Published in The Langara Voice
Basketball is back in Musqueam.
Youth interest in the sport, which thrived throughout the 1990s, had all but died, until last year, when coach John Sparrow and a small group of boys got a team together just two months before the Junior All Native basketball tournament and took home the third-place trophy.
The young team’s success reignited a dormant passion, according to Musqueam Band council member Tammy Harkey.
“They have re-inspired that love of the game within the community,” Harkey said. “The uptake from the boys has been incredible and their commitment is stellar.”
Juniors make a comeback
Although the Musqueam Nation has had a men’s team since 2013, they hadn’t entered the junior tournament in decades. These days, however, the squeak of sneakers and the thrum of dribbling echo in the local gym five days a week, as the Musqueam Nation Warriors have sent not one, but two junior teams this year.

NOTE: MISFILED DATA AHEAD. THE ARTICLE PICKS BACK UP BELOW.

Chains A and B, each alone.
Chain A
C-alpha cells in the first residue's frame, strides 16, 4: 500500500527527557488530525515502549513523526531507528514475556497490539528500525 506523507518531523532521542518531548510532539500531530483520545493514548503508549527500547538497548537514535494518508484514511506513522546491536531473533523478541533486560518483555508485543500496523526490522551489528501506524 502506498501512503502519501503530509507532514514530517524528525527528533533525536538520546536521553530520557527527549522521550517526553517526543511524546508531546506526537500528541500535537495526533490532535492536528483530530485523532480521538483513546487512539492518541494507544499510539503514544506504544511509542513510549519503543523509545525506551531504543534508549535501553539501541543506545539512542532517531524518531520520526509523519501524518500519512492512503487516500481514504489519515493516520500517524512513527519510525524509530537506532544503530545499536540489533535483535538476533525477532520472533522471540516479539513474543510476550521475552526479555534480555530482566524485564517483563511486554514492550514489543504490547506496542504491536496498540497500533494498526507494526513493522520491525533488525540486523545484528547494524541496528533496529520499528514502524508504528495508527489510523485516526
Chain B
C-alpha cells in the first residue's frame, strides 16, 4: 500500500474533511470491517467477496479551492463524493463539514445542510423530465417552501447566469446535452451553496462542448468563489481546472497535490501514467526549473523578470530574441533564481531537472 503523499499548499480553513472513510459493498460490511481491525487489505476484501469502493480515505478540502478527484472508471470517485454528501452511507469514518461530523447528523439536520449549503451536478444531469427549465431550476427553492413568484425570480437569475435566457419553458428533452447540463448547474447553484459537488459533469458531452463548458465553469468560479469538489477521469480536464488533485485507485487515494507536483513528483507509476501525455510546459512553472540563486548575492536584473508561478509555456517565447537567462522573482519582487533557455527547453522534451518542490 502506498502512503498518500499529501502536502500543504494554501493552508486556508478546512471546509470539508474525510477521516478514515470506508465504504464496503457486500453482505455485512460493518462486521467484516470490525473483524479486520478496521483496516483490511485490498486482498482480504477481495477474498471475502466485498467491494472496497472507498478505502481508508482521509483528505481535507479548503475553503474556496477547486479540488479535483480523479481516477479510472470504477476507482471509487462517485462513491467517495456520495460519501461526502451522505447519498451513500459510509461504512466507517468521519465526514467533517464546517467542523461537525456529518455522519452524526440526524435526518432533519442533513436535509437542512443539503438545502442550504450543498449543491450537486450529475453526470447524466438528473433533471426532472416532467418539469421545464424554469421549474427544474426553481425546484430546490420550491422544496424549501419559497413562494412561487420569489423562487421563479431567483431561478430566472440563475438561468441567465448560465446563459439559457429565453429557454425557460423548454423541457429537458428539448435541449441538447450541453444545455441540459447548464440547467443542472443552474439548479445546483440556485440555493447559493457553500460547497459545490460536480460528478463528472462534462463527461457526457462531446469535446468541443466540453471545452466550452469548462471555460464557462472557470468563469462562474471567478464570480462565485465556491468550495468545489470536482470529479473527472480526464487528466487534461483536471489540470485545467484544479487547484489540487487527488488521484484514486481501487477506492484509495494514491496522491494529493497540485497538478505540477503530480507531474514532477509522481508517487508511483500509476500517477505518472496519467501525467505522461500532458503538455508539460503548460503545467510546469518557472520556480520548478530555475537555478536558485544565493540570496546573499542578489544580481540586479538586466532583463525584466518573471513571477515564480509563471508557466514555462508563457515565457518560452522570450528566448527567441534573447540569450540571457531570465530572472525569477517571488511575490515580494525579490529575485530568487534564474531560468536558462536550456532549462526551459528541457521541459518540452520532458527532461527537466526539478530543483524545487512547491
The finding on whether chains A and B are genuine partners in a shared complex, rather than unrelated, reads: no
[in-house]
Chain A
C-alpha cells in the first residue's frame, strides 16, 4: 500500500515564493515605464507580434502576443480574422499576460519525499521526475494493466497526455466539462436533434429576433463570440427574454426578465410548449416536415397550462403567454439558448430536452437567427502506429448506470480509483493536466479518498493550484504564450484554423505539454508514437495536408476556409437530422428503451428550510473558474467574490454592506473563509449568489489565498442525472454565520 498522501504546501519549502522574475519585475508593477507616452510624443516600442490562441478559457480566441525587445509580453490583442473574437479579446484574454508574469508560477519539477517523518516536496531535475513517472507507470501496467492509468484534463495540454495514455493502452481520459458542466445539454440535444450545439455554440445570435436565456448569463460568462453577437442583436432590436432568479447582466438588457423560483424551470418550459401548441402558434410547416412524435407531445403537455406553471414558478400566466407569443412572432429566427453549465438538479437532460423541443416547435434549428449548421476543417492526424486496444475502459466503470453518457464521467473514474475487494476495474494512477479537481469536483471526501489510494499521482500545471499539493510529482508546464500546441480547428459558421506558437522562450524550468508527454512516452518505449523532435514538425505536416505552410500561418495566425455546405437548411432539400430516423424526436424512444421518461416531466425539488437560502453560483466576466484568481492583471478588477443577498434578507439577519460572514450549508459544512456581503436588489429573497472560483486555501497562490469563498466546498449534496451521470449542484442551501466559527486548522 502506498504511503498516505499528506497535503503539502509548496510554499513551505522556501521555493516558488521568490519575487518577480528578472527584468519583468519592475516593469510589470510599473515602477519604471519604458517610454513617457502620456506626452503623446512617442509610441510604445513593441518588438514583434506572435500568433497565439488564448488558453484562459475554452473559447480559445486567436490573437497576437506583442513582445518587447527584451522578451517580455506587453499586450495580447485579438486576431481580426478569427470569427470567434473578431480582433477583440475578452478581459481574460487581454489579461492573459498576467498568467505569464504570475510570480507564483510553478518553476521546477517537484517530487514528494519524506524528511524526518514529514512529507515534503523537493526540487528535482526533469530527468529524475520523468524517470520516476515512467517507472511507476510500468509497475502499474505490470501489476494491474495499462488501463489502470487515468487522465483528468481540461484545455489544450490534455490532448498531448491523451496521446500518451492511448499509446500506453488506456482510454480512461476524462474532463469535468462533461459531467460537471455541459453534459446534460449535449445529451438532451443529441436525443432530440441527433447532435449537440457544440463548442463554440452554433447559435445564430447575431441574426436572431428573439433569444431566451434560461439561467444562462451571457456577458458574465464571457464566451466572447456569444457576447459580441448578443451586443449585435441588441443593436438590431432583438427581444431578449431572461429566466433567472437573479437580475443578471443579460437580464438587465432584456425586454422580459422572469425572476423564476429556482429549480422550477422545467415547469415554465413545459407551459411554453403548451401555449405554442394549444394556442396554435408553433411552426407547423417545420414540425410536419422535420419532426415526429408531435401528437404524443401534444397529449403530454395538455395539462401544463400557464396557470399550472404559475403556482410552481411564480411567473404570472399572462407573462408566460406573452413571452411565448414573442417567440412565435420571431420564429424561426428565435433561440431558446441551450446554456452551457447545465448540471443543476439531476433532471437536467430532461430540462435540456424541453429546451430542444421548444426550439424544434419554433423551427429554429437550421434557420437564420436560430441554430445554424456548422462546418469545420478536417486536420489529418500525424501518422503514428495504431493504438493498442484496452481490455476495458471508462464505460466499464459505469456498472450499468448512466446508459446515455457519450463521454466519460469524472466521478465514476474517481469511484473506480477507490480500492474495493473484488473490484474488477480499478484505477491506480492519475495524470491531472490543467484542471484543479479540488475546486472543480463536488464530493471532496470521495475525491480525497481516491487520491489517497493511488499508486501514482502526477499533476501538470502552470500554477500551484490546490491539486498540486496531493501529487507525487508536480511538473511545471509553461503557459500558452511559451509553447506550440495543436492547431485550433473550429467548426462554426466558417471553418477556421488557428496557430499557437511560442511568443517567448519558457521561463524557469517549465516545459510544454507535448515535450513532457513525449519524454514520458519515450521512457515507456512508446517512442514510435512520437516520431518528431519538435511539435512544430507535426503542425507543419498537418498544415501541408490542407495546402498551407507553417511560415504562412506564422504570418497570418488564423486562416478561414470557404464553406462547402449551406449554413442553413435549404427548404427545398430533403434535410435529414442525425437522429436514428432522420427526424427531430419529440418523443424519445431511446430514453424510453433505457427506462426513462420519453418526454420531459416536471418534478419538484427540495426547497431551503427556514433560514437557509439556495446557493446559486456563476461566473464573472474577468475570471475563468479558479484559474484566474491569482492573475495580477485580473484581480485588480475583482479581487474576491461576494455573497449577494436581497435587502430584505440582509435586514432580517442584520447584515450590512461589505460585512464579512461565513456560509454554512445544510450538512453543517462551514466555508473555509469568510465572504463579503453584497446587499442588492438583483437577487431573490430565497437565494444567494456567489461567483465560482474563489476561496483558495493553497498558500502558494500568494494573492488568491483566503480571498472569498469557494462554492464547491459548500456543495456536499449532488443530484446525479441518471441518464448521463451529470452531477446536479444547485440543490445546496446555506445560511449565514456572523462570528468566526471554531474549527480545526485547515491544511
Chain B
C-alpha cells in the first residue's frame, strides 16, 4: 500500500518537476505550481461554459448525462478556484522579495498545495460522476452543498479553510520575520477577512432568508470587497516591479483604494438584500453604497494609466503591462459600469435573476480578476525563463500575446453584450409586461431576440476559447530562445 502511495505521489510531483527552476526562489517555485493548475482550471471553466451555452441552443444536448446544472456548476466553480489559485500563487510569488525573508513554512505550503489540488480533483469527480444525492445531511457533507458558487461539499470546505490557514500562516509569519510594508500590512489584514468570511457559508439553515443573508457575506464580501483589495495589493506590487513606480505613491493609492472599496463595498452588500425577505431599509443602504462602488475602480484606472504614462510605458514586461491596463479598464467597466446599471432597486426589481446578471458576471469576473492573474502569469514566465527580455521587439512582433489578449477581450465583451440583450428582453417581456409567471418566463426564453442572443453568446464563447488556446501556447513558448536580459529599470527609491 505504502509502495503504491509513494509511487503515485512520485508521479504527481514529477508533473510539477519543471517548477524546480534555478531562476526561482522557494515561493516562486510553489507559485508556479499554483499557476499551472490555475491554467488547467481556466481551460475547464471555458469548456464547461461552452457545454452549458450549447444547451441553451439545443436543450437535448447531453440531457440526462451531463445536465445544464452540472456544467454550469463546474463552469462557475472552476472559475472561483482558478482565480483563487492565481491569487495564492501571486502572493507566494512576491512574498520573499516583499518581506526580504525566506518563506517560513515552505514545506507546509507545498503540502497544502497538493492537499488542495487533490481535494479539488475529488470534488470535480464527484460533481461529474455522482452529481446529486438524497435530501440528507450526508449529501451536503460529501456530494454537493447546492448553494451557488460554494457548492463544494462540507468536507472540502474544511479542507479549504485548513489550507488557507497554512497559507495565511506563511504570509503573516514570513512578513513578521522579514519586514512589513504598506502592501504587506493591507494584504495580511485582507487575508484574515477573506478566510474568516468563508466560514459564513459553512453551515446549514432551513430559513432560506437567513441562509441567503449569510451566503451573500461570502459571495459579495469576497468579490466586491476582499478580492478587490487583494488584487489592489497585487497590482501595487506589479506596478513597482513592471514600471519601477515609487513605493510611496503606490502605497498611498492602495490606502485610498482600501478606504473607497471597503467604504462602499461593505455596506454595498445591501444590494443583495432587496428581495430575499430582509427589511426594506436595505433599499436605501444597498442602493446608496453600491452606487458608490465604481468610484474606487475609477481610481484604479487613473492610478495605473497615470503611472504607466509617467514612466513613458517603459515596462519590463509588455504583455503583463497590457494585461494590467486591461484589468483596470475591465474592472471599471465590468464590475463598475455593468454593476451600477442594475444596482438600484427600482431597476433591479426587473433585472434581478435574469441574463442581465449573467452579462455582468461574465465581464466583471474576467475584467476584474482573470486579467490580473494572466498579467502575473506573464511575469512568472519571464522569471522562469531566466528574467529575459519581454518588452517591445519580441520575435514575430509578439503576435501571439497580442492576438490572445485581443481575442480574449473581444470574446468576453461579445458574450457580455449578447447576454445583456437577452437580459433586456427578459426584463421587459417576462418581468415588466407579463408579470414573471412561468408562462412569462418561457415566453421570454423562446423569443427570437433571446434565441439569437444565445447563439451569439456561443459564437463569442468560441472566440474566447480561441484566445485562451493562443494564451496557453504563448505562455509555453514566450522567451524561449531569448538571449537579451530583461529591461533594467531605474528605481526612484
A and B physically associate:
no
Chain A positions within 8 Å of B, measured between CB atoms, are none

Despite some early losses and a move to to B draw for the under-17 team, both teams are still in the tournament which runs until March 23.
But competition is only one aspect of the tournament. The whole community is behind the boys. Elders who played during the 90s, now come out in support, sporting team sweaters.
Kole Stogen, Captain of the under-13s said, “We love to be able to represent our culture doing this. And for us to do it at such a young age, it’s incredible.”
The tournament this year is bigger than ever with 84 teams competing on the traditional territories of the Musqueam, Squamish and Tsleil-Waututh Nations.
One big family
Sparrow, whose father used to play for Musqueam and whose sons are now competing, said the teams were like one big family,
“Win or lose we’re going to go out to represent our nation and be proud and be there and let them know that Musqueam is back,” he said.
The Under 17 team won one game and lost two. The Under 13 team won two and lost two. Most of the games were close, but neither team made the finals.